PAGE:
Oh, in case you were tripped up by it – or missed it – I didn't make any mistake there when I wrote “segregation of men and women” in terms of Quaker practice. This was a thing on both sides of the Atlantic; while Friends worshipped together, and women could minister – even preach in public during our open attempts at widespread convincement – they did not come together with men to organise our Meetings, to take decisions. Instead, separate Men's and Women's Meetings for Church Affairs were held – and I would very much like to find out how their decisions were integrated. I've not yet been able to find any real clues, but one cannot help but wonder what happened to initiatives that women wished to see but men were not inclined (or led) to accept, or where they considered the same question and came to different answers.
I have not carefully researched records from the times in question to find any clues as to why Friends resisted things that should, seen from today or analysed with what we would now consider a Quakerly understanding of the ethics involved, have been no-brainers to accept. Today we see many initiatives that are sincerely endorsed by some Friends that struggle to find acceptance, and we must ask ourselves which of them might turn out, in generations' time, to seem similarly baffling. We analyse these things through our process of discernment, of being led by the Spirit, but we must beware, thanks to these lessons from the past, our human tendency to resist change, to resist discomfort. We can try our best to follow our processes faithfully, but we can still get it wrong.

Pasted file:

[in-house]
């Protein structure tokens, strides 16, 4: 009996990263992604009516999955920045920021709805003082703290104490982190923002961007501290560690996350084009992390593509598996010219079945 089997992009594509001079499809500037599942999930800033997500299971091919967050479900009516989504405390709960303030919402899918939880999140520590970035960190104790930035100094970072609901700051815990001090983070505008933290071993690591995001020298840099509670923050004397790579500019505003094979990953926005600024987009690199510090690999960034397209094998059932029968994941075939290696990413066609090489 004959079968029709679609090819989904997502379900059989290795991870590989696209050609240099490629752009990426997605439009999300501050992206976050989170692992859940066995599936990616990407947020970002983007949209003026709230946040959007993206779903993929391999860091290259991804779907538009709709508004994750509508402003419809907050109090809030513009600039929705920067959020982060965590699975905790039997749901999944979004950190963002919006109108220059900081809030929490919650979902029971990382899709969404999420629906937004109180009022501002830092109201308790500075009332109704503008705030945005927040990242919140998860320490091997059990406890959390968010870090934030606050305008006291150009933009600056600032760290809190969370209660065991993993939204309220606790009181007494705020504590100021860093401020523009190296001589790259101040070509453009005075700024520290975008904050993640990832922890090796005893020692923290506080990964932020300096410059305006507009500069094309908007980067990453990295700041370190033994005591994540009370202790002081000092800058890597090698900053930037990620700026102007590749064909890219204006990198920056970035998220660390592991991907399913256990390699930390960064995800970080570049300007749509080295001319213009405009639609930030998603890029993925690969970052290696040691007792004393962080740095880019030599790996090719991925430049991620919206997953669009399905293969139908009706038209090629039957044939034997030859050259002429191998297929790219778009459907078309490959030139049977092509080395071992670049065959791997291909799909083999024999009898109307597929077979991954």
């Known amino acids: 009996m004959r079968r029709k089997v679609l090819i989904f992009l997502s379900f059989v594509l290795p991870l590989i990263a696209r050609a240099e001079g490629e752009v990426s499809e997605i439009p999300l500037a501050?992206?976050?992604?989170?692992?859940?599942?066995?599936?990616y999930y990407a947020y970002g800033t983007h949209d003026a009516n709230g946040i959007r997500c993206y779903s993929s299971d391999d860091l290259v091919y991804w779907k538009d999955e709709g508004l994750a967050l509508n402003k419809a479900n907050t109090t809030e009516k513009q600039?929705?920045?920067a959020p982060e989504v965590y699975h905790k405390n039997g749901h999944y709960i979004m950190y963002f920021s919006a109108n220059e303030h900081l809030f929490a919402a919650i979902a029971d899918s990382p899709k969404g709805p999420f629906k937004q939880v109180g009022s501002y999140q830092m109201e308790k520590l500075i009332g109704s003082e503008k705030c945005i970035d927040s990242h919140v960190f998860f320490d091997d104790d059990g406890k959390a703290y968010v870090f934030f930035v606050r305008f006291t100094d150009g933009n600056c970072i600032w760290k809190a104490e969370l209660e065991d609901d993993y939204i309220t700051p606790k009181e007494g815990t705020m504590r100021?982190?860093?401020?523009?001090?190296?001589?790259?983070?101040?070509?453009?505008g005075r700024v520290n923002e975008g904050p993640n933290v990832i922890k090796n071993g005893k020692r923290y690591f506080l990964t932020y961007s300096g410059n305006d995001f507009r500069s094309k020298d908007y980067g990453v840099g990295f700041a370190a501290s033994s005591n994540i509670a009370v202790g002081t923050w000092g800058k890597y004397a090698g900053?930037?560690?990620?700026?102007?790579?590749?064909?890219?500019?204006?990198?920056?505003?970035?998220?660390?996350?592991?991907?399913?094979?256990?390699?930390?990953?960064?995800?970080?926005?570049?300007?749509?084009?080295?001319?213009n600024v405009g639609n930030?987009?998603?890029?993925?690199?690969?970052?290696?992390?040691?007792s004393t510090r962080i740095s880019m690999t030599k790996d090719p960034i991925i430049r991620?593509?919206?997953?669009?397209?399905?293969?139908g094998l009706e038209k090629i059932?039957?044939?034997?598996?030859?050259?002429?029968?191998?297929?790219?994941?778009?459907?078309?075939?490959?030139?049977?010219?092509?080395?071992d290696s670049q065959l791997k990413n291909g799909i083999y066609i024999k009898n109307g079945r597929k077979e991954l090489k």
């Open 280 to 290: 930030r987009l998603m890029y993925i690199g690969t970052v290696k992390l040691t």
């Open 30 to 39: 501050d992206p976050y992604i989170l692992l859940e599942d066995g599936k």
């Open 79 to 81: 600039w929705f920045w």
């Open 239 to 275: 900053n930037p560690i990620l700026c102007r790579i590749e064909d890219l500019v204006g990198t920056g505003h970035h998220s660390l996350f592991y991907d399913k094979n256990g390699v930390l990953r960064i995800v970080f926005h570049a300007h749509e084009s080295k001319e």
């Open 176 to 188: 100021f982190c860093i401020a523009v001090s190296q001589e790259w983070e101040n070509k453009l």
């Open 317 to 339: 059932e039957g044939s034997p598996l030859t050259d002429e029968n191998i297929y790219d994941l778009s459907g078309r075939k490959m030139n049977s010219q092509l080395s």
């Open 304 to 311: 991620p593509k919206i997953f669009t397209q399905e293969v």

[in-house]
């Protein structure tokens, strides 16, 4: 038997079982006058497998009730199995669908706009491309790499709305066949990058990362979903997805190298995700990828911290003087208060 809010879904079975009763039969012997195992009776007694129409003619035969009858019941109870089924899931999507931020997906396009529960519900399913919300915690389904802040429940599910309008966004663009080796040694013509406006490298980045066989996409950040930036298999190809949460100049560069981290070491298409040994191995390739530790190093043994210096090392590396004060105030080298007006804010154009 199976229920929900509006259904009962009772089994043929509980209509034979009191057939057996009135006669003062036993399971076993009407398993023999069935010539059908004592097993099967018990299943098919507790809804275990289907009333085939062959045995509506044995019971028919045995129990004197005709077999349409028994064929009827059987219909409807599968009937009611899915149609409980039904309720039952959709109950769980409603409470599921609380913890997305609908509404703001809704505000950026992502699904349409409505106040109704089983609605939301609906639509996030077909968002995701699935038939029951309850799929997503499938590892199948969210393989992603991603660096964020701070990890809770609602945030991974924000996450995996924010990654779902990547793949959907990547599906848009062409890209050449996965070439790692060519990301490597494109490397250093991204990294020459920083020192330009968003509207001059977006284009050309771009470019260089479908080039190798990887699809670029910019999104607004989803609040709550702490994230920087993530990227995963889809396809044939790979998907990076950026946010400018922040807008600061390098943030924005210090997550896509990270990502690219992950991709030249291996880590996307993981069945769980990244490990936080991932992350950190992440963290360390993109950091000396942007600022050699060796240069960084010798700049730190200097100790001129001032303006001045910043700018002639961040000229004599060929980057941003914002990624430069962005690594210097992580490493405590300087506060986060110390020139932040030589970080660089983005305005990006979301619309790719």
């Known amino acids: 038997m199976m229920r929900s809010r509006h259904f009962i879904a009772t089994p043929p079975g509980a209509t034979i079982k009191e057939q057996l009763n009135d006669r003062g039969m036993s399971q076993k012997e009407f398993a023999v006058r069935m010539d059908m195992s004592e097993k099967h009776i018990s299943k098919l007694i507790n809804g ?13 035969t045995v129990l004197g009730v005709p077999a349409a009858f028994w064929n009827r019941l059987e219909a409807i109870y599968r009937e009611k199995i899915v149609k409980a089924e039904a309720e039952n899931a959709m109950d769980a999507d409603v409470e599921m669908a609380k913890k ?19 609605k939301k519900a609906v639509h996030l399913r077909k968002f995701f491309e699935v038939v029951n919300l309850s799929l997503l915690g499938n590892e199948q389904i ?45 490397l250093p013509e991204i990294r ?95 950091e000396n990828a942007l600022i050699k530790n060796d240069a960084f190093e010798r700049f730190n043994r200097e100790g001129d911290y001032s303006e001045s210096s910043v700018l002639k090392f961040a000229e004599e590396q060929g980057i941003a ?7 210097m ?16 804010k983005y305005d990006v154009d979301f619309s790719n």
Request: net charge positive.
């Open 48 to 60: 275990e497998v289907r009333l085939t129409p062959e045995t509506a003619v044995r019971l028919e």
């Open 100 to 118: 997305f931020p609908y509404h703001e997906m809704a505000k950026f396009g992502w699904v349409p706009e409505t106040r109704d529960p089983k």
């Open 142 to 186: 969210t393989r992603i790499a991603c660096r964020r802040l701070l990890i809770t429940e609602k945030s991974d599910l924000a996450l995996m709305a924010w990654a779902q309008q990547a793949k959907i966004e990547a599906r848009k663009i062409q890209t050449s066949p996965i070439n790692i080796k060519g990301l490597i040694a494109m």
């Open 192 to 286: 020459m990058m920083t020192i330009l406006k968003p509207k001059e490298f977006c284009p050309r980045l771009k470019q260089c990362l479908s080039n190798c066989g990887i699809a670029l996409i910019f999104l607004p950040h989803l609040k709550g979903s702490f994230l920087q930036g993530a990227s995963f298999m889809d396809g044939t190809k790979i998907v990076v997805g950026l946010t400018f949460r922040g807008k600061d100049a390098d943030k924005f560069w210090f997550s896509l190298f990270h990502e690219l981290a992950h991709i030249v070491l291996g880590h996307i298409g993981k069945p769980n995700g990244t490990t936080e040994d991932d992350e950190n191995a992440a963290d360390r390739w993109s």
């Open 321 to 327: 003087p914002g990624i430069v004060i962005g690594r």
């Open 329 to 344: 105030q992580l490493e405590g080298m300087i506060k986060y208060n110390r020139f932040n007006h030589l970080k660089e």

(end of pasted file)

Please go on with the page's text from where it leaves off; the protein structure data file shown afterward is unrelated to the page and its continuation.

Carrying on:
For me, from what I have been able to read, I am reasonably confident that this was a major reason for our reluctance, our dawdling and delaying on the route to embracing important social goals – our disinclination to change, and even more to discomfort. Those pushing for abolition called on Friends to reduce their financial prosperity, to increase their costs and reduce their profits, to reduce their comfort. Those calling for suffrage and gender equality, along with those concerned with abolition, were calling on Friends to stand publicly for change, to push against public opinion in a stand for what was right. It is much to ask, but truly the Spirit asks for much from us sometimes – to impoverish ourselves, to make ourselves socially unacceptable, even to put ourselves in physical or psychological danger.
The Light comforts us, but it also brings us discomfort. Where our lives are not in accord with what they should be, it pushes us, and the process is uncomfortable. Doing what the Spirit drives us to do may be very uncomfortable, but we are ultimately comforted by knowing we have done something that should be done, often something for general good. Where we are called to break down barriers and remove disadvantage, we oftentimes find that this means giving up our own advantages.
So let us not be proud of what our forebears did without recognising that they had to be dragged kicking and screaming – usually metaphorically – to do it. Let us not be proud of examples that we have not lived up to. Let us be aware that we might resist a call because obeying it will bring us discomfort. Let us be aware that sometimes the loud, lone, perhaps impolite voice has turned out to be right.
There's nothing wrong with pride, so long as it is justified, and so long as it doesn't corrupt. That corruption might be ego, excessive self-worth, but it might also be complacency – and that is a corruption of pride that we must face the fact that we have fallen into in many cases. Let us set aside unjust pride, and find new sources of pride that we can justly claim. Let us use that pride to drive us forward and bring our work and testimony to new heights. We are not our forebears; let us emulate their successes, rather than their errors.
~ ~ ~ ~ ~
Did you enjoy this post, or find it interesting, informative or stimulating? Do you want to keep seeing more of these posts? Please consider contributing to my Patreon. More information is available in the post announcing my use of Patreon.
If you enjoy this blog, or otherwise find it worthwhile, please consider contributing to my Patreon. More information about this, and the chance to comment, can be found in the post announcing the launch of my Patreon.